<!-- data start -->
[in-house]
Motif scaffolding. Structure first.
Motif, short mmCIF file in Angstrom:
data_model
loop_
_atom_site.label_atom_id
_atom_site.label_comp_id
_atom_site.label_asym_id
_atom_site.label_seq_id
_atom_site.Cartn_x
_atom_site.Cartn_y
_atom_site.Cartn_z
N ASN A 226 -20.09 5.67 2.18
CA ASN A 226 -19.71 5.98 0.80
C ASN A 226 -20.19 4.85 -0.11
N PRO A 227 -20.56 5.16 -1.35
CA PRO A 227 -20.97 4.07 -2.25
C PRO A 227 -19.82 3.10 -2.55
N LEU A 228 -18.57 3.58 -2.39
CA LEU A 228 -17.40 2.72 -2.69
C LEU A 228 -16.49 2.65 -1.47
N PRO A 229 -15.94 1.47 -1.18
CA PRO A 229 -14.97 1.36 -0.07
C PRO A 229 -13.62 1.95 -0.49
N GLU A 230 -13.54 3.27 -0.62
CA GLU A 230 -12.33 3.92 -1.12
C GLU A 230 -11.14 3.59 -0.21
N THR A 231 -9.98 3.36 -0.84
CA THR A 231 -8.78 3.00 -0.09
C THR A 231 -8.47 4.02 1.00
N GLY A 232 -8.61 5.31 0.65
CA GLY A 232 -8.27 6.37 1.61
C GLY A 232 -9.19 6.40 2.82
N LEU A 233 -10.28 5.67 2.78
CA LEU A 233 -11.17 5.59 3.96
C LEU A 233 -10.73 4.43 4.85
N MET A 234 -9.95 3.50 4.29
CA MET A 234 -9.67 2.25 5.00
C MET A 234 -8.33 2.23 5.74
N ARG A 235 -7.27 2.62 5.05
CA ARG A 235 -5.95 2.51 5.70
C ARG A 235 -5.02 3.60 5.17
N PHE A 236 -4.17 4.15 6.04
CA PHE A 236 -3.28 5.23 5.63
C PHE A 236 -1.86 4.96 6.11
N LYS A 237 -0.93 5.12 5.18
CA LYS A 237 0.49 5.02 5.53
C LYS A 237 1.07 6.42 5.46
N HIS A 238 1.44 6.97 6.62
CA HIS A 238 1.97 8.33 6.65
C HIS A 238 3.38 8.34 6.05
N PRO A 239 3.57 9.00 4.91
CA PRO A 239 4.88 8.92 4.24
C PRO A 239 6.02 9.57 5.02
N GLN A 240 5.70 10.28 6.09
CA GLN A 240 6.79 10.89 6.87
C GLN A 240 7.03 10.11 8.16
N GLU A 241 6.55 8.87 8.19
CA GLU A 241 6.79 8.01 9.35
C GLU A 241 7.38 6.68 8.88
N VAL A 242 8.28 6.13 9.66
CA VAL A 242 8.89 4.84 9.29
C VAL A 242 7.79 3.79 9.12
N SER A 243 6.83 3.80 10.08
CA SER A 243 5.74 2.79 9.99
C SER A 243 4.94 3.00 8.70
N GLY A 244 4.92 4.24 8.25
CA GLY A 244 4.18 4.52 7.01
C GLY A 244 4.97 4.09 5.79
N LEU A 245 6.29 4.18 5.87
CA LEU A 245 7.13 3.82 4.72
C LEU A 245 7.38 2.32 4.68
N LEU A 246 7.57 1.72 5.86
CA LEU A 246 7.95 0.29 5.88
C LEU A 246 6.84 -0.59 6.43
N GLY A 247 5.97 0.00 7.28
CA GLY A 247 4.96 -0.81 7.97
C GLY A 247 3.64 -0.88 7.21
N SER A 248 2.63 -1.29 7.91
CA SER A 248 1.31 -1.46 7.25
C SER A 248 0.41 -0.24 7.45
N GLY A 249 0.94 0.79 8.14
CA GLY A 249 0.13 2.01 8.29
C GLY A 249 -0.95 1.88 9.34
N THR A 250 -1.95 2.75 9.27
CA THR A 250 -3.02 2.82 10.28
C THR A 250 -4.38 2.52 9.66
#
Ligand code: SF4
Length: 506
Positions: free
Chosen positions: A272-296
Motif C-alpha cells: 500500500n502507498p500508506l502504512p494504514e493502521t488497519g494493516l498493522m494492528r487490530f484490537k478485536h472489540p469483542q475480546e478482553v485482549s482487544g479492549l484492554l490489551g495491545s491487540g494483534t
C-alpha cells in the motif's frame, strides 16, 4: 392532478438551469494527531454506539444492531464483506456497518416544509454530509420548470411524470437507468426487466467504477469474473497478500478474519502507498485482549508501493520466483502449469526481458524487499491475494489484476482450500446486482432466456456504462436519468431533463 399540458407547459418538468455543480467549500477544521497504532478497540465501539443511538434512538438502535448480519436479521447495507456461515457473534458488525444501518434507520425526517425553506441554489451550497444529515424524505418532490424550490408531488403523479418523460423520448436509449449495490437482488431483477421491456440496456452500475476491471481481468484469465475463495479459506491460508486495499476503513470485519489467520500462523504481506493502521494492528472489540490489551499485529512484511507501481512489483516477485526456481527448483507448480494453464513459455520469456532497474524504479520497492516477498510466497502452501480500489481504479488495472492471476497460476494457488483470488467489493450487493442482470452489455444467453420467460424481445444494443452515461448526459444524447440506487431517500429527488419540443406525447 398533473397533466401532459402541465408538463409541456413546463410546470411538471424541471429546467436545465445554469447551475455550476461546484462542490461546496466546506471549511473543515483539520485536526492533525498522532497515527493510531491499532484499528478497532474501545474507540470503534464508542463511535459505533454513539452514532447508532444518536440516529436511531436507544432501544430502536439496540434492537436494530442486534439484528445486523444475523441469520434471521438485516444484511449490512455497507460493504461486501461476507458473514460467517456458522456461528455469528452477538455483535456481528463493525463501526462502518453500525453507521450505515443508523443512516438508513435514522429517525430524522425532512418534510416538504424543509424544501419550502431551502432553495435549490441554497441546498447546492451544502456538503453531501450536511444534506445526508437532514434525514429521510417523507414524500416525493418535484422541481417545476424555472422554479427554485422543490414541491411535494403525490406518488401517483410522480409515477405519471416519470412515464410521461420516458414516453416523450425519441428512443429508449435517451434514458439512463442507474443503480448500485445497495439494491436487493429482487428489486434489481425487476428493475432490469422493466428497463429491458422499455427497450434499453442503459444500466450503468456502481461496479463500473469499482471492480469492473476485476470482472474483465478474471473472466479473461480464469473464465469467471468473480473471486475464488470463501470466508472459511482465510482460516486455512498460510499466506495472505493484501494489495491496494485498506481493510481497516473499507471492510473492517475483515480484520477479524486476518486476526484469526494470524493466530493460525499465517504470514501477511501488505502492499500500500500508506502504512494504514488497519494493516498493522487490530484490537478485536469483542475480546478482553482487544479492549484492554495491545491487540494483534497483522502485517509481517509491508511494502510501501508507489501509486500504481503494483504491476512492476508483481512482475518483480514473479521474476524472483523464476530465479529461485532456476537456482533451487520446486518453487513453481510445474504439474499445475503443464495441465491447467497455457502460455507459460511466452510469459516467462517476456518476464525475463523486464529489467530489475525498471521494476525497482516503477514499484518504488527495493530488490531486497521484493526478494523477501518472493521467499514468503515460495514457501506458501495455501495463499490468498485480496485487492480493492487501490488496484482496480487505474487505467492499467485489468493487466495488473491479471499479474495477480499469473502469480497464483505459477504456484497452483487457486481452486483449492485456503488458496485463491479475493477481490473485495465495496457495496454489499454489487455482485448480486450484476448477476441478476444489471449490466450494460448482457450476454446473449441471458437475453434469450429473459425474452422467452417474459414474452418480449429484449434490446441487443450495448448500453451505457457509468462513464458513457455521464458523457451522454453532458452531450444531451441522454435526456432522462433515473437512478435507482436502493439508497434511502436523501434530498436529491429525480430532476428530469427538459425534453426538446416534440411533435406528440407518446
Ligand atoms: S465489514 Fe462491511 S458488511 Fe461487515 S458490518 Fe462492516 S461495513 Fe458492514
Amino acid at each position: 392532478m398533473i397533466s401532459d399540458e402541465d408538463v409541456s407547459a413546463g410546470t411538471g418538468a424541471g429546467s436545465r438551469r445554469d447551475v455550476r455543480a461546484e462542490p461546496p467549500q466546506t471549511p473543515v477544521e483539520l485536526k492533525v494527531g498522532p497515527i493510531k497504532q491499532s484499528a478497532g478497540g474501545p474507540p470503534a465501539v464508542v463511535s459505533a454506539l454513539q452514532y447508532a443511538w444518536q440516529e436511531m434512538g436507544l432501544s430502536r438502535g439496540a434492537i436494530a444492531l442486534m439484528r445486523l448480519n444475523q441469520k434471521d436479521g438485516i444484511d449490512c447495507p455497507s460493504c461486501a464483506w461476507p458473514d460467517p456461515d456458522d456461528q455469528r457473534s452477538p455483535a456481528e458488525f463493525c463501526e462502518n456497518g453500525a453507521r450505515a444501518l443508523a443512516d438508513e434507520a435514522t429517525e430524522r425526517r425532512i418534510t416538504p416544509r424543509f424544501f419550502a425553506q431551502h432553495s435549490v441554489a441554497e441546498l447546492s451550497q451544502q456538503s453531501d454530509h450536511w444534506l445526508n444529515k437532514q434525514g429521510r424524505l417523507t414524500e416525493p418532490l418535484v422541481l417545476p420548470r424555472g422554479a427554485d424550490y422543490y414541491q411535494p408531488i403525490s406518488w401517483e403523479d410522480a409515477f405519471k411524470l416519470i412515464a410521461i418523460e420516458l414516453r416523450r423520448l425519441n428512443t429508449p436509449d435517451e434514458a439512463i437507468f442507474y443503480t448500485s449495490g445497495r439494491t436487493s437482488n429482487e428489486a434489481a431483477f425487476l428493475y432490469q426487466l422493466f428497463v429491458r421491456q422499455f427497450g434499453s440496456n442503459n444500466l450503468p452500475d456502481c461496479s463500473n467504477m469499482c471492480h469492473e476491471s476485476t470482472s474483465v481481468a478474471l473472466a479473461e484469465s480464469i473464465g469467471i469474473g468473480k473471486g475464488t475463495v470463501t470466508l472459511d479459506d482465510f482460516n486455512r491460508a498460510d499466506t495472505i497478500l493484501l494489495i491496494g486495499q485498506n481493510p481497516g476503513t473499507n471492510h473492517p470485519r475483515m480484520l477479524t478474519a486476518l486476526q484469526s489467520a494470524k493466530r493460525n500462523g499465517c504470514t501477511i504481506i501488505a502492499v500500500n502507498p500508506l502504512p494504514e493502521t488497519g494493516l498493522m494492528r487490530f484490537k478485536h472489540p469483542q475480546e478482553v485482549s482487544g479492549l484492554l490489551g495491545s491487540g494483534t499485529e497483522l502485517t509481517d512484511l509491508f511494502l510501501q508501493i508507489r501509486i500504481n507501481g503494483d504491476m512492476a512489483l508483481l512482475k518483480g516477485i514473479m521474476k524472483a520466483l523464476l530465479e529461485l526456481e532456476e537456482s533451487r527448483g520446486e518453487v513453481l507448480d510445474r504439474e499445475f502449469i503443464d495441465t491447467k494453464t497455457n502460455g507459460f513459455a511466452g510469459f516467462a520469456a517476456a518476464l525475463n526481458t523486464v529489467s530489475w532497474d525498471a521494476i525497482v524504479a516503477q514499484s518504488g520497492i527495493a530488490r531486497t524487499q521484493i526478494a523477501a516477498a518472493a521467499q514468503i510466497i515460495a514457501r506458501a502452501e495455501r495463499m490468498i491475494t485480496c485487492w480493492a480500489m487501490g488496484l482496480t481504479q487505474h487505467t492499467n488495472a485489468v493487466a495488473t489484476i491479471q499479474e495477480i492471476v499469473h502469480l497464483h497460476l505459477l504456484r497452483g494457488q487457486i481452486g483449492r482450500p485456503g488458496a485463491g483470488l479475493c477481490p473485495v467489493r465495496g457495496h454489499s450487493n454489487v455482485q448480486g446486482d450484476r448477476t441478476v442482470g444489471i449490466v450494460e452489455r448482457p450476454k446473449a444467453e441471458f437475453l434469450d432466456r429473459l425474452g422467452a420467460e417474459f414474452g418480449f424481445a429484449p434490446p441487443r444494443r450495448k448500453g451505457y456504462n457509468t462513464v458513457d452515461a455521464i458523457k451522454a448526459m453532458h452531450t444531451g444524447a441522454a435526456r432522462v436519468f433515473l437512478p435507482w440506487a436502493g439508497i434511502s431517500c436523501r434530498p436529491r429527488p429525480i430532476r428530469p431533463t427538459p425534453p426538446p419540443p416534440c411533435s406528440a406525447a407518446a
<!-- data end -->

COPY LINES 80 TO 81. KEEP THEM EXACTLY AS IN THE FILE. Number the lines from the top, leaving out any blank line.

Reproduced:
CA SER A 248 1.31 -1.46 7.25
C SER A 248 0.41 -0.24 7.45